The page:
For an introduction to this series, click here.
November 5, 2007
The writer of Hebrews continues his discussion of Jesus Christ being better than the angels: "Therefore we must pay much closer attention to what we have heard, lest we drift away from it. For since the message declared by angels proved to be reliable, and every transgression or disobedience received a just retribution, how shall we escape if we neglect such a great salvation? It was declared at first by the Lord, and it was attested to us by those who heard, while God also bore witness by signs and wonders and various miracles and by gifts of the Holy Spirit distributed according to his will." (2:1-4)
He says that if we are to pay attention to what the angels said in the Old Testament, how much more are we to pay attention to the words God Himself said when he walked among us? That was the purpose of the miracles Jesus did: to confirm His ministry. In fact that is the purpose of all Biblical miracles: to show a skeptic world that God is working through the person doing the miracles. This is a pet peeve of mine. You hear lots of people say that if they find some keys they lost, or something else like that, they say, "It was a miracle!" No it wasn't. It's not that God cannot help us or is incapable of doing something miraculous, but a miracle is something God does in public to prove that a person is a legitimate servant of God.
Sorry to go off on that.
The phrase, "It was declared at first by the Lord, and it was attested to us by those who heard," is one of the sure giveaways that Paul was not the author of Hebrews. Paul spends a large portion of Galatians insisting that his gospel came straight from Jesus Christ himself, not from the Apostles or anyone else. The writer of Hebrews admits that he heard the Gospel second-hand. Paul would never make such a statement.
"It has been testified somewhere,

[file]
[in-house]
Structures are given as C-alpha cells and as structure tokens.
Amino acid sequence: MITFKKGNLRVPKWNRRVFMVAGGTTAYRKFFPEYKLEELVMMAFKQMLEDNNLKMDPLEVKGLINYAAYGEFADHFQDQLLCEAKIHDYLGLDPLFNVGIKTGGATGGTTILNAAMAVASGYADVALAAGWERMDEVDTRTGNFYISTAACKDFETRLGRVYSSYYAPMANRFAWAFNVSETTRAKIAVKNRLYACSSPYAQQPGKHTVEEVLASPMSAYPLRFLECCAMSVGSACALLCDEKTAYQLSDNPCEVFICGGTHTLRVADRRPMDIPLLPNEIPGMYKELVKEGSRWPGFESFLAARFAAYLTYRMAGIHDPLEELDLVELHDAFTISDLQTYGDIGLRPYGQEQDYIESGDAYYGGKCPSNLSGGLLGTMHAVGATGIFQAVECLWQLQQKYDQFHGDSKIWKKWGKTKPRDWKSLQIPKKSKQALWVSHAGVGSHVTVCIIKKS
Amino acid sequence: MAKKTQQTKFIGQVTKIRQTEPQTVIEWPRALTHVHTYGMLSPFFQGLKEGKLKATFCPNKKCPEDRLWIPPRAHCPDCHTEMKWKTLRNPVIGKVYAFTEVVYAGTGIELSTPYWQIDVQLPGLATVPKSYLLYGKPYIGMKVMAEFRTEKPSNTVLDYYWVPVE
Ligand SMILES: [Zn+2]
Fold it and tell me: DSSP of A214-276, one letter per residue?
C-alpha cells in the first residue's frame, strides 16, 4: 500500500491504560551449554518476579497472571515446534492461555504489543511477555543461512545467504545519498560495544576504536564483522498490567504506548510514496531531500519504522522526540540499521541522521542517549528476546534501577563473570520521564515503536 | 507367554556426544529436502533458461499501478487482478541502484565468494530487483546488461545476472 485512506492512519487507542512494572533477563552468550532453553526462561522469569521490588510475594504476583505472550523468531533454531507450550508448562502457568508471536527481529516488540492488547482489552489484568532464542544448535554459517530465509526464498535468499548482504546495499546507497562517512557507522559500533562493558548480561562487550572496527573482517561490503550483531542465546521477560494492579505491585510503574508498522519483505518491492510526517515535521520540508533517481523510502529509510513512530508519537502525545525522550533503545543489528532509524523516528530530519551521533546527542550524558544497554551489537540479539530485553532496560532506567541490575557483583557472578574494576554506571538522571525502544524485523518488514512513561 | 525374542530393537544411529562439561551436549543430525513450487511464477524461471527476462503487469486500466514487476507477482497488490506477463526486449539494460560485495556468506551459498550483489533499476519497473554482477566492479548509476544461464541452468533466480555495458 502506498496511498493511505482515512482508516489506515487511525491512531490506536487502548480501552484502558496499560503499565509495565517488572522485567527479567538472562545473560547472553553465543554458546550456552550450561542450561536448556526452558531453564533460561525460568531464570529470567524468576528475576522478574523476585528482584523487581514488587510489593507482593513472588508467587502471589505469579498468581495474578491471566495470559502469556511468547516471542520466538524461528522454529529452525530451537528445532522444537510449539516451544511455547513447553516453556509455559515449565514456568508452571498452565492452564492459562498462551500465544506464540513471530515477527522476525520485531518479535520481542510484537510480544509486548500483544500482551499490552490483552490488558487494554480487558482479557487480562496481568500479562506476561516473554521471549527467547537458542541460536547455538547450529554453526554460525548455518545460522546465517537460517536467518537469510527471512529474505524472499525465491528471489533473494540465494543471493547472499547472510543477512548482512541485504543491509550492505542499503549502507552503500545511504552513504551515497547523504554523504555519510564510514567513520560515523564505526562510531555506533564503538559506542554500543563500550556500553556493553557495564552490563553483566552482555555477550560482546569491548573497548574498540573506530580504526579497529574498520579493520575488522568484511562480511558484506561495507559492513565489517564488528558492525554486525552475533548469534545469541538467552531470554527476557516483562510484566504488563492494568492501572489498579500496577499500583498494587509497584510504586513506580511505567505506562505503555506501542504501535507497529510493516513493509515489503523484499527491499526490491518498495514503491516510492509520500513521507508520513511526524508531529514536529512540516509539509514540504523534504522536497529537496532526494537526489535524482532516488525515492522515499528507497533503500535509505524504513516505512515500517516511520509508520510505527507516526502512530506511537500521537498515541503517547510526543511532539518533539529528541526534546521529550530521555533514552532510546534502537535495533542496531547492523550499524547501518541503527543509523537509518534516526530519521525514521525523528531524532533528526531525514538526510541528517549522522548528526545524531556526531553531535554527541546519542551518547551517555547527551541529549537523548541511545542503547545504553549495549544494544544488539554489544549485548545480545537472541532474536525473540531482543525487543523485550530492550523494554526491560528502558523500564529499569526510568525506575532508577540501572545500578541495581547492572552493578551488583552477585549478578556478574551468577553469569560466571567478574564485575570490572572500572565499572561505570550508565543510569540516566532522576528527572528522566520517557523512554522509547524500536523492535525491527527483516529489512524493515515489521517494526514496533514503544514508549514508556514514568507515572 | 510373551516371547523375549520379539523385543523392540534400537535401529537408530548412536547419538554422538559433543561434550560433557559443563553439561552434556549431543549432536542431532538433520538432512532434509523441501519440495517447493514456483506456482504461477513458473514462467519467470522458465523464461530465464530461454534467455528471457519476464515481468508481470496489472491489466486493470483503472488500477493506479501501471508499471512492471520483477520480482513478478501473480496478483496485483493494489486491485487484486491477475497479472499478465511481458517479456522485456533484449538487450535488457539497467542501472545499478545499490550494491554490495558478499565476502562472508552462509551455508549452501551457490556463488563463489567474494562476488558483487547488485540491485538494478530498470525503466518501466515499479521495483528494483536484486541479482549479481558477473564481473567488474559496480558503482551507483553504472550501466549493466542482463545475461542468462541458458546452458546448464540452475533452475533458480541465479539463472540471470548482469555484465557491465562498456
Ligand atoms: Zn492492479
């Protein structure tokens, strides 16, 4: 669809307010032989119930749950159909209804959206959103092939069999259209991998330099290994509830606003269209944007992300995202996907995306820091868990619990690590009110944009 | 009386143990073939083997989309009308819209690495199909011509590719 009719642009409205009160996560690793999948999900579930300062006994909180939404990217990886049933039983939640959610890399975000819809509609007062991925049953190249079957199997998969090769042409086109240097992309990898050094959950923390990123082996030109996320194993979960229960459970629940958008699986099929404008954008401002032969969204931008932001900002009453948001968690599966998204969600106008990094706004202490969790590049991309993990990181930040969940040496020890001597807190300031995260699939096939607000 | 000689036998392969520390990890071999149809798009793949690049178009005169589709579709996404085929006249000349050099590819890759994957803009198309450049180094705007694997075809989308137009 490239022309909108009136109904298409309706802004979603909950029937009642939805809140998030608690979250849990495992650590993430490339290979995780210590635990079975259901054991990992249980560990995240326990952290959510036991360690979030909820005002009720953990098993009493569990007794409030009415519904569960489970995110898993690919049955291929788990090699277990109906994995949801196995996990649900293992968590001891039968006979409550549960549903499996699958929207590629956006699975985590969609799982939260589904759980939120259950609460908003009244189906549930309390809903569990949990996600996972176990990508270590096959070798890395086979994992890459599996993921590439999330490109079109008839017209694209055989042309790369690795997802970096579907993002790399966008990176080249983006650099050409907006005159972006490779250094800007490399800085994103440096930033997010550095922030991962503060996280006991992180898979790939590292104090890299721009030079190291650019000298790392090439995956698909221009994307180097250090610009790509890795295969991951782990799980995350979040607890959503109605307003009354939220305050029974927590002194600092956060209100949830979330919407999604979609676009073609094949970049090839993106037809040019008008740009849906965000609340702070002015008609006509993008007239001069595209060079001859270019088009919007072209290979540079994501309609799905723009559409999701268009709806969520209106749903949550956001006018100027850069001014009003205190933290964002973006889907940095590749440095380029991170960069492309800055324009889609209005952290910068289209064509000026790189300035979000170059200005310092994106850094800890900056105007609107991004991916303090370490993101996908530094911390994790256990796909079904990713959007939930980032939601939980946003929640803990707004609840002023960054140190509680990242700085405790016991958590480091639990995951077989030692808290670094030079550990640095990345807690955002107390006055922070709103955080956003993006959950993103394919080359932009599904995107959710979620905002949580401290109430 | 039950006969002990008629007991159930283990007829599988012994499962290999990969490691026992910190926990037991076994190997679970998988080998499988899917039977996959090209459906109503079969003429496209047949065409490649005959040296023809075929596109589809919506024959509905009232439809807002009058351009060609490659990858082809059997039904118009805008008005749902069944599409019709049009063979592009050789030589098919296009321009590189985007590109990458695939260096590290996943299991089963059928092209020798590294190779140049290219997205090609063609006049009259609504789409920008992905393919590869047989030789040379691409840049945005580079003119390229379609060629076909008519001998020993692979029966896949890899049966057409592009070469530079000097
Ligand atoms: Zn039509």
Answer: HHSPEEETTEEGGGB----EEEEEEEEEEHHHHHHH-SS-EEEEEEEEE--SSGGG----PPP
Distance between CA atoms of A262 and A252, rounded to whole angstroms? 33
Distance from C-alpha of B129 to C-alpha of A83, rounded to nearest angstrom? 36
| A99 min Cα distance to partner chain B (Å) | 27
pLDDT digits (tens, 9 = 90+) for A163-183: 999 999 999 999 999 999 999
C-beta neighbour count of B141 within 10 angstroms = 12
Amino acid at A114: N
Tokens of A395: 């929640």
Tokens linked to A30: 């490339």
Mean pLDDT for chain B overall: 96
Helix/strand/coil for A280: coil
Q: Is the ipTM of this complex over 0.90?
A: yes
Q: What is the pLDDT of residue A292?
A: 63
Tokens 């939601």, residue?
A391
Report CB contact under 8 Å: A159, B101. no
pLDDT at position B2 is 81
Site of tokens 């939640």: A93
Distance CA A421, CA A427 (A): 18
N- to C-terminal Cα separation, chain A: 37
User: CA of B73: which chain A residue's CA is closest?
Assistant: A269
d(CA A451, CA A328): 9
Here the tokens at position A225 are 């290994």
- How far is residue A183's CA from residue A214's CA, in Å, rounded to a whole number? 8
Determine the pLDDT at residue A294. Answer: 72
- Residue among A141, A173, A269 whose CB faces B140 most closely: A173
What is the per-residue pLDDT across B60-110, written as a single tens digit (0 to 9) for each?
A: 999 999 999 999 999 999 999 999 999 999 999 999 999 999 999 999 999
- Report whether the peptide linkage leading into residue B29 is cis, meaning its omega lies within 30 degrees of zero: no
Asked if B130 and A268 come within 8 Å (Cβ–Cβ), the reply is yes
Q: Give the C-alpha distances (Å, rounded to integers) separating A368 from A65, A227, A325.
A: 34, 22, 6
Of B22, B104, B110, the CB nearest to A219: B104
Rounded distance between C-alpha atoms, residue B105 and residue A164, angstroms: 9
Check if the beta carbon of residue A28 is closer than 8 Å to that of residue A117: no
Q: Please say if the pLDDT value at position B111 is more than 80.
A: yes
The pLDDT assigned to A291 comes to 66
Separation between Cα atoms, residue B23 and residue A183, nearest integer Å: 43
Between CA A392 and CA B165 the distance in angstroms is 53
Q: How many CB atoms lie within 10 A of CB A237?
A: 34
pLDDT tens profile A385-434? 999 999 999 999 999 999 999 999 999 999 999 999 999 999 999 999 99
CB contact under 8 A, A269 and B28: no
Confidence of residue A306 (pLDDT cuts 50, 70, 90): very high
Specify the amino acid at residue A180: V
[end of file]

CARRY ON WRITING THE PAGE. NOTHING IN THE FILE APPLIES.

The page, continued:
'What is man, that you are mindful of him, or the son of man, that you care for him? You made him for a little while lower than the angels; you have crowned him with glory and honor, putting everything in subjection under his feet.'
Now in putting everything in subjection to him, he left nothing outside his control. At present, we do not yet see everything in subjection to him. But we see him who for a little while was made lower than the angels, namely Jesus, crowned with glory and honor because of the suffering of death, so that by the grace of God he might taste death for everyone. For it was fitting that he, for whom and by whom all things exist, in bringing many sons to glory, should make the founder of their salvation perfect through suffering. For he who sanctifies and those who are sanctified all have one source. That is why he is not ashamed to call them brothers, saying,
'I will tell of your name to my brothers; in the midst of the congregation I will sing your praise.'" (2:6-12)
Jesus became a man so that He could redeem us to Himself. Not one of the angels could do this. This is sort of a continuation of the argument from the first chapter. Jesus humbly accepted a temporary placement below the angels by becoming a man. By this He accomplished the work of becoming the "captain of salvation" for mankind. So now Christ is able to bring us together with Him. We understand most of this now, but the purpose of this passage is to show that even the Old Testament foresaw this happening, even though most Jews did not see it.
"Since therefore the children share in flesh and blood, he himself likewise partook of the same things, that through death he might destroy the one who has the power of death, that is, the devil, and deliver all those who through fear of death were subject to lifelong slavery. For surely it is not angels that he helps, but he helps the offspring of Abraham. Therefore he had to be made like his brothers in every respect, so that he might become a merciful and faithful high priest in the service of God, to make propitiation for the sins of the people. For because he himself has suffered when tempted, he is able to help those who are being tempted." (2:14-18, ESV)
Jesus did not become an angel, higher than mankind. He became just like us. This is the basis of our salvation. We will look into this concept a lot deeper in the coming chapters.